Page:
Academic journal article The Journal of Social, Political, and Economic Studies

The WTC Emergency Airline Subsidies

Academic journal article The Journal of Social, Political, and Economic Studies

The WTC Emergency Airline Subsidies

Article excerpt

Following the September 11 crashing of two airplanes into the World Trade Center (WTC) by terrorists, the US government adopted a large airline subsidy with the apparent goal of preserving essential airline services. However, economic analysis shows that it is unlikely to achieve this goal because it leaves marginal cost and marginal revenue unchanged. Thus, it is unlikely to affect the level of airline service and unlikely maintain airline employment. In essence there was a large transfer of money to the industry for very little, if any, public benefit. A very generous victim assistance program was also adopted. No rational reason can be found for a program that assists these victims more than those killed or injured in other disasters.

Keywords: Airline subsidies, World Trade Center, terrorsim, economic role of government, market as allocator, trade unions, market self-regulation, victim assistance.

Very quickly after the September 11 crashing of two airplanes into the World Trade Center (WTC) by terrorists, the US government approved a large airline subsidy as part of an emergency assistance act (Public Law 107-42). This was rushed through quickly with little analysis of what needed to be done or exactly what goals were to be accomplished. This article will apply some standard economic analysis to this hastily adopted program. If the points made below had been understood by Congress, it is very likely the program would not have been adopted.

Subsidies are frequently attacked because of an economic theory that predicts that in a free market the output levels chosen by firms will be the Pareto optimal ones. Customers are presumed to adjust their expenditures so that the marginal utility they derive from each commodity is proportional to the price of the good or services consumed. It is also argued that firms set their output levels so that price equals marginal cost. Under these assumptions subsidies reduce total economic welfare. The distortion of prices produced by subsidies reduces overall welfare.

While the above is standard economic theory for perfect competition, the standard perfect competition model is inapplicable to the airline industry. It predicts that price will equal marginal cost. In turn, this implies that if marginal costs are equal, prices will be equal. This predicted price equality is absent. The airline industry is notorious for two passengers sitting in adjacent seats paying radically different prices. If one of these seats is priced at marginal cost, the other's price must differ from marginal cost. This is fairly clear evidence that the industry is oligopolistic.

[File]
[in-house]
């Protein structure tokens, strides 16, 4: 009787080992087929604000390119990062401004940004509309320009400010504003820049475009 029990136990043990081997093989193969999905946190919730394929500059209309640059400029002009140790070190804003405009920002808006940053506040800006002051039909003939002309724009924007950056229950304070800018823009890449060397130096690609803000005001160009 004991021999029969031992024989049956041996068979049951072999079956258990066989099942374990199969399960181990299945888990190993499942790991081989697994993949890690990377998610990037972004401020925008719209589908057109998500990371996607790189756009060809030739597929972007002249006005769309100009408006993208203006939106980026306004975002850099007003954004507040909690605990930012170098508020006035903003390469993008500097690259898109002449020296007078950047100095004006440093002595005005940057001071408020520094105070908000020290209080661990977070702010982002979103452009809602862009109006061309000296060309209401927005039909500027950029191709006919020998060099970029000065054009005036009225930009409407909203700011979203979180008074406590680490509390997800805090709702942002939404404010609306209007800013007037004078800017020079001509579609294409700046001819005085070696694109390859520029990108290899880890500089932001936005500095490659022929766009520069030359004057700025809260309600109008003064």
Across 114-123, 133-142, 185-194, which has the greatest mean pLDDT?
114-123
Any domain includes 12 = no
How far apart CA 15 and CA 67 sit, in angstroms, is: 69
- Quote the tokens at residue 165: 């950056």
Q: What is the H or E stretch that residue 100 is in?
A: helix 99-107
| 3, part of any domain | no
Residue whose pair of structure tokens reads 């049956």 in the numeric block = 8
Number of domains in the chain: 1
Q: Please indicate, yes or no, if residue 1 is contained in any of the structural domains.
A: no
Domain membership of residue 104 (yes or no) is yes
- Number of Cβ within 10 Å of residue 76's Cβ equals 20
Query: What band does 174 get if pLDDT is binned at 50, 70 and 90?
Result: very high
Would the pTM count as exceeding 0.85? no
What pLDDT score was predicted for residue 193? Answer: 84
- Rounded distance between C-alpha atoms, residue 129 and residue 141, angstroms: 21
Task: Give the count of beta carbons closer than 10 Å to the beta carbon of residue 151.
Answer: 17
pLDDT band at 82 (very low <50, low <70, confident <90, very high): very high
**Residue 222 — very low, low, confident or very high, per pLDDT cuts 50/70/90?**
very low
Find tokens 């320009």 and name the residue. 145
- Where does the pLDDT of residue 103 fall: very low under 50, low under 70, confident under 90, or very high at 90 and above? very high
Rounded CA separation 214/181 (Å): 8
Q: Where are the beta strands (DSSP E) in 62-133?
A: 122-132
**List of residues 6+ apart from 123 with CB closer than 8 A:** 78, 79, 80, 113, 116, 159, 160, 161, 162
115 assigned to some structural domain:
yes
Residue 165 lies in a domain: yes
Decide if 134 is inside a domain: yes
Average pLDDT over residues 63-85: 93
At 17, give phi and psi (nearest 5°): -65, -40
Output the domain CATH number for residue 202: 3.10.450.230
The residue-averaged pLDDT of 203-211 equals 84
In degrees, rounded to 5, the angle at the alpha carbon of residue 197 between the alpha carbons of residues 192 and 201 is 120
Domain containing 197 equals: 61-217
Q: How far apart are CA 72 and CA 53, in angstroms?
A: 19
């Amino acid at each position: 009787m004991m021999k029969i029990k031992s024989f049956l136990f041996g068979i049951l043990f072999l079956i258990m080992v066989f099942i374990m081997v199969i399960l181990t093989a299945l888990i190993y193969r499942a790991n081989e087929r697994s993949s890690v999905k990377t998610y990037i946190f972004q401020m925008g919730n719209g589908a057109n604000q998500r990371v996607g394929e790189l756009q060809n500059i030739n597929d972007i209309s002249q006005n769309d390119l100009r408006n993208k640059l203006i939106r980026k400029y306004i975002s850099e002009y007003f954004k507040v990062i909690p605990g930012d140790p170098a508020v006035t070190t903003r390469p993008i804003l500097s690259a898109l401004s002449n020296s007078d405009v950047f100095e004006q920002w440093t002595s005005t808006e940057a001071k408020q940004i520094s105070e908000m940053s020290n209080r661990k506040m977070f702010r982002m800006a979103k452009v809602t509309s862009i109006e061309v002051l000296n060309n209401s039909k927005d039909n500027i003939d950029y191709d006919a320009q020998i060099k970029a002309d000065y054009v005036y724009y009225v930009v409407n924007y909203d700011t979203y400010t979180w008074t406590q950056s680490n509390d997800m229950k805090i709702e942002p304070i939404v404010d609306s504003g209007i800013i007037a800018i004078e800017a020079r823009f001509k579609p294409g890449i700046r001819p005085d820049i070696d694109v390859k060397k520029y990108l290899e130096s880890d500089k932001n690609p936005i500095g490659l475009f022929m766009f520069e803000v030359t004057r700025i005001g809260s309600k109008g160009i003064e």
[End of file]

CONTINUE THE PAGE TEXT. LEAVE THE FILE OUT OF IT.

Much of this pricing behavior arises from the difference between long run and short run marginal costs. The marginal cost of putting an extra passenger in an otherwise idle seat on a flight is quite low. This is why airlines are willing to sell seats they think would otherwise be empty for low prices. These are sold through discount mechanisms such as Internet sales, or with restriction designed to make them unattractive to business fliers (Saturday night stays).

However, if all seats were priced at such low levels, the fixed costs of flying the plane would not be covered and the airlines would constantly lose money. Hence the need to sell at least some seats at much higher rates, typically to businessmen.

The demand curve for seats on a particular route departing at a particular time has a rather steep slope. The airlines try to take advantage of this slope by charging high prices to those willing to pay them (typically business travelers) and lower prices to others.

The total area under the demand curve can be argued to give the total amount the consumers are willing to pay for access to that flight. However, the maximum revenue the airline can extract from the passengers is substantially less than the theoretical value of the service that particular flight offers. Leaving aside income distributional issues, this provides a well known theoretical argument for subsidizing airline services. …

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